Citation No. 9569731


            Essentially the twin violations problems presented themselves again within the same inspection; that is to say, the inspector found multiple unsafe conditions on yet another truck and these hazards were also coupled with inadequate pre-operational checks.  


            This was a gross deficiency, far exceeding the 7 deficiencies found for Citation No. 9569727, as Citation, Citation No. 9569731 was considerably worse. Citing the same standard violated in Citation No. 9569727, this time Inspector Cline found 19 (nineteen) defects presenting unsafe conditions. The citation provided the following unchallenged facts of the unsafe truck:


The Maroon Mack Lube truck #0009 is not being maintained in safe operating condition. When checked, the following deficiencies exist:


1.          Door seal driver side damaged

2.          Door seal passenger side damaged

3.          inside door handles don't work inside cab both doors

4.          no passenger seat, wooden box is in place of seat, no buckle for seat belt

5.          hood latch broke

6.          hood handle gone

7.          oil leak on motor

8.          ball stud has excessive slack on off side tie rod end

9.          air dryer not working and leaking

10.      green antifreeze tank ratchet strapped not bolted down

11.      no valve to shut air line off that must be changed from antifreeze to grease tanks, blows air out on operator

12.      12.  jake brake is weak

13.      13.  shock missing on off side front

14.      14.  oil covering walkway in bed

15.      15.  oil covering hose bay

16.      16.  2 lights out on rear

17.      17.  ladder to top of truck no toe clearance

18.      18.  no handrail on top of tank and no antiskid material

19.      All 6 brakes are out of adjustment.


The operator removed the truck from service until all repairs are made. Standard 77.404(a) was cited 12 times in two years at mine 4603404 (12 to the operator, 0 to a contractor).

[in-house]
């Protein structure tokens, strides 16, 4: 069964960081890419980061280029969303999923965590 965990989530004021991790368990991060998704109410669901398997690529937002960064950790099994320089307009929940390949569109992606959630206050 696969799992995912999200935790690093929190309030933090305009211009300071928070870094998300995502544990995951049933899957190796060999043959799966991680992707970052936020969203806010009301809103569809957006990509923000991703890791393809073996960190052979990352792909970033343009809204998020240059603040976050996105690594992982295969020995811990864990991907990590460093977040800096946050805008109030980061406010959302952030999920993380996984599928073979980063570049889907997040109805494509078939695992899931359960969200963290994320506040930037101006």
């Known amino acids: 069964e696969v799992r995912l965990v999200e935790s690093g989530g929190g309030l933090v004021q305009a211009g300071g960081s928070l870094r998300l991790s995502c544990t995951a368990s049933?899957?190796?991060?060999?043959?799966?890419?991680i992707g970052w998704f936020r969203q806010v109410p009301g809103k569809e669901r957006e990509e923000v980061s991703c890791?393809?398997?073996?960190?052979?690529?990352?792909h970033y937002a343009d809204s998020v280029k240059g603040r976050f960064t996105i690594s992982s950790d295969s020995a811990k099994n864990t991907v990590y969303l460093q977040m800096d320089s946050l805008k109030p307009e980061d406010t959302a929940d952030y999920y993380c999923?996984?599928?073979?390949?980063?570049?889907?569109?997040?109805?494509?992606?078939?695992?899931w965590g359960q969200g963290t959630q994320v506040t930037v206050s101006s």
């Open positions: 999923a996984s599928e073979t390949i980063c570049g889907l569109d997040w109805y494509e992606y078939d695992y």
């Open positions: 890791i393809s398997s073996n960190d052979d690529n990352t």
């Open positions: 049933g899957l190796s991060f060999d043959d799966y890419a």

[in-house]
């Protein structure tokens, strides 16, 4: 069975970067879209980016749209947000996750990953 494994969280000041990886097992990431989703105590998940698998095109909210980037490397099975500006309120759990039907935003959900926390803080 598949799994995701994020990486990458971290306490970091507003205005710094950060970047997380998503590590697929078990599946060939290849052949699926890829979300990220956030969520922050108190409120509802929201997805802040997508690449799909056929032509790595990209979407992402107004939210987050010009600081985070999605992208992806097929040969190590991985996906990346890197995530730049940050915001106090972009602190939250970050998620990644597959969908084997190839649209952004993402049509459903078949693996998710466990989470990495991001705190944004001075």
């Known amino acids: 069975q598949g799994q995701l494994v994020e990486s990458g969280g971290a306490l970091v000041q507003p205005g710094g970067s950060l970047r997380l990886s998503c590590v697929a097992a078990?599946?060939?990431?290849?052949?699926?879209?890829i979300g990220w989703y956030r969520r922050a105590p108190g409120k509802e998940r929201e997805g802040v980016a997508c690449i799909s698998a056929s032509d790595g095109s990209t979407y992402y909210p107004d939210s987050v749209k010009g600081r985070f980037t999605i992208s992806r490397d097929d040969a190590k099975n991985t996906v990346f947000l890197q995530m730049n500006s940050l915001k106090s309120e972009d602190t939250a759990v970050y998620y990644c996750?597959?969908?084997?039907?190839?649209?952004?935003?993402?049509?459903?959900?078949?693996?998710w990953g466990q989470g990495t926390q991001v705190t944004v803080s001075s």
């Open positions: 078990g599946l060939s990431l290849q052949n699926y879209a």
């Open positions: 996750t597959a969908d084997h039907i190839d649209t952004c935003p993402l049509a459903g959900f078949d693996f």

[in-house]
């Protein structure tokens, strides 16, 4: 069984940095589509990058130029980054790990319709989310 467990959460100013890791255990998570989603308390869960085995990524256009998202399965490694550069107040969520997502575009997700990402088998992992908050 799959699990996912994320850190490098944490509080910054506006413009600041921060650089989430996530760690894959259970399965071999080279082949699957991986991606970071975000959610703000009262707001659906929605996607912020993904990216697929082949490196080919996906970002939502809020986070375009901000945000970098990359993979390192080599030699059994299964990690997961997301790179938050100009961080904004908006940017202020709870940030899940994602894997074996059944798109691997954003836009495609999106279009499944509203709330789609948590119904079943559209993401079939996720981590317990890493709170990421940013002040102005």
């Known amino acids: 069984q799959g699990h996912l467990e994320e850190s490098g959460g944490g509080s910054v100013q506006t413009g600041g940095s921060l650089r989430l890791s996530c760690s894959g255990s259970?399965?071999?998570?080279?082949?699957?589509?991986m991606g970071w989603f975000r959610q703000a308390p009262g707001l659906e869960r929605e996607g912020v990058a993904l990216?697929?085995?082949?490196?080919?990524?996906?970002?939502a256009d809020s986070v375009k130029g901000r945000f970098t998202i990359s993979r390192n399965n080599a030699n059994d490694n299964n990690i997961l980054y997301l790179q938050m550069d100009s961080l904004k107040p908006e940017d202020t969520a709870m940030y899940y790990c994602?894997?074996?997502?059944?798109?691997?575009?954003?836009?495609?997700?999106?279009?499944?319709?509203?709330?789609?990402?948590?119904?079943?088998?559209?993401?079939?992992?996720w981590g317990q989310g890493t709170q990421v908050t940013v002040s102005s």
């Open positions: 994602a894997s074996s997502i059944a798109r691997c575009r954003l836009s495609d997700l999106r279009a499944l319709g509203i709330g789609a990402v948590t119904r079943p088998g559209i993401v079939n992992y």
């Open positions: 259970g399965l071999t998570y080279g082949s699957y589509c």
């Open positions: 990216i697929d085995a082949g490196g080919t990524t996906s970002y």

Petition for a civil penalty at 12-13 (emphasis added).


            Here too, in the diligent performance of his inspection responsibilities, Inspector Cline issued Citation No. 9569732, with his unchallenged statement that:


The maroon mack lube truck #0009 has not been provided an adequate pre-operational check on either shift.    When checked, no deficiencies were listed on the pre ops and citation 9569731 was issued listing 17[3] deficiencies on the truck.

Standard 77.1606(a) was cited 2 times in two years at mine 4603404 (2 to the operator,        0 to a contractor).


Petition for Civil Penalty at 14. (emphasis added).


            In the Court’s view, the motion is appalling, both because of the large number of hazards found on the two trucks and the dereliction of duties by the operator in not performing a legitimate precheck. The Respondent provides the same, empty, rationale to support the across-the-board 26% reductions for each of these four conceded violations.


            The Respondent offers the same empty language for each of four admitted violations:


In the unlikely event of a mine accident, the listed conditions would not result in more than a lost workdays or restricted duty injury.


 Motion at 3-4. (emphasis added).


            There is no substance to back up the bald claim; only the assertion is made.


            The Secretary, acting through Conference and Litigation Representative David Trent, in like fashion, has an equally hollow response for each, stating:


The Secretary recognizes that the ALJ may find merit in the facts and arguments presented by the Respondent and in light of the contested evidence and given the uncertainties of litigation,


Id. (emphasis added).